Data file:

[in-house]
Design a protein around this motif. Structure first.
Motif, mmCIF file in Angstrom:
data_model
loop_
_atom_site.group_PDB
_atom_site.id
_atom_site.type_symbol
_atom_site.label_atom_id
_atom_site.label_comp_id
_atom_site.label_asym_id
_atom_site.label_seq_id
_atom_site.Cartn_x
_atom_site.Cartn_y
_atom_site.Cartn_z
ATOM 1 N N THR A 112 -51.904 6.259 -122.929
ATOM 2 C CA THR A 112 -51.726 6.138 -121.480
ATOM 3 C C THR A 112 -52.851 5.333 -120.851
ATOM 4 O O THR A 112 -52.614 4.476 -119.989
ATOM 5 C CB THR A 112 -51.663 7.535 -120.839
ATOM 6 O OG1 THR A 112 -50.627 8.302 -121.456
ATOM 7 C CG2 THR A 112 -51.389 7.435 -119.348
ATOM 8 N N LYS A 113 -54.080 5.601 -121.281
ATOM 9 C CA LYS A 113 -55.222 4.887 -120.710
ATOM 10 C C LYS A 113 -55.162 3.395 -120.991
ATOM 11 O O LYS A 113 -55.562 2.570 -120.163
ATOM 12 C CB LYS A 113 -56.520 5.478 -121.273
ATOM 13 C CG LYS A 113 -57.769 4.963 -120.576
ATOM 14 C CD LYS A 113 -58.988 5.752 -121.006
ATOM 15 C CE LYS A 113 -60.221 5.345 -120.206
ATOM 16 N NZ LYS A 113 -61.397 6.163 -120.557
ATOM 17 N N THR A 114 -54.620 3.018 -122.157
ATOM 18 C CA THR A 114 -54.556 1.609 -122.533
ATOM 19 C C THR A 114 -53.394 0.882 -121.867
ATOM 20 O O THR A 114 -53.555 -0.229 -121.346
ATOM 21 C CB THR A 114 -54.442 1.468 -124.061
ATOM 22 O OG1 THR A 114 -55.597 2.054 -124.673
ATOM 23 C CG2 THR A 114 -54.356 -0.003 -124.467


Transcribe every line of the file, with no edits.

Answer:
[in-house]
Design a protein around this motif. Structure first.
Motif, mmCIF file in Angstrom:
data_model
loop_
_atom_site.group_PDB
_atom_site.id
_atom_site.type_symbol
_atom_site.label_atom_id
_atom_site.label_comp_id
_atom_site.label_asym_id
_atom_site.label_seq_id
_atom_site.Cartn_x
_atom_site.Cartn_y
_atom_site.Cartn_z
ATOM 1 N N THR A 112 -51.904 6.259 -122.929
ATOM 2 C CA THR A 112 -51.726 6.138 -121.480
ATOM 3 C C THR A 112 -52.851 5.333 -120.851
ATOM 4 O O THR A 112 -52.614 4.476 -119.989
ATOM 5 C CB THR A 112 -51.663 7.535 -120.839
ATOM 6 O OG1 THR A 112 -50.627 8.302 -121.456
ATOM 7 C CG2 THR A 112 -51.389 7.435 -119.348
ATOM 8 N N LYS A 113 -54.080 5.601 -121.281
ATOM 9 C CA LYS A 113 -55.222 4.887 -120.710
ATOM 10 C C LYS A 113 -55.162 3.395 -120.991
ATOM 11 O O LYS A 113 -55.562 2.570 -120.163
ATOM 12 C CB LYS A 113 -56.520 5.478 -121.273
ATOM 13 C CG LYS A 113 -57.769 4.963 -120.576
ATOM 14 C CD LYS A 113 -58.988 5.752 -121.006
ATOM 15 C CE LYS A 113 -60.221 5.345 -120.206
ATOM 16 N NZ LYS A 113 -61.397 6.163 -120.557
ATOM 17 N N THR A 114 -54.620 3.018 -122.157
ATOM 18 C CA THR A 114 -54.556 1.609 -122.533
ATOM 19 C C THR A 114 -53.394 0.882 -121.867
ATOM 20 O O THR A 114 -53.555 -0.229 -121.346
ATOM 21 C CB THR A 114 -54.442 1.468 -124.061
ATOM 22 O OG1 THR A 114 -55.597 2.054 -124.673
ATOM 23 C CG2 THR A 114 -54.356 -0.003 -124.467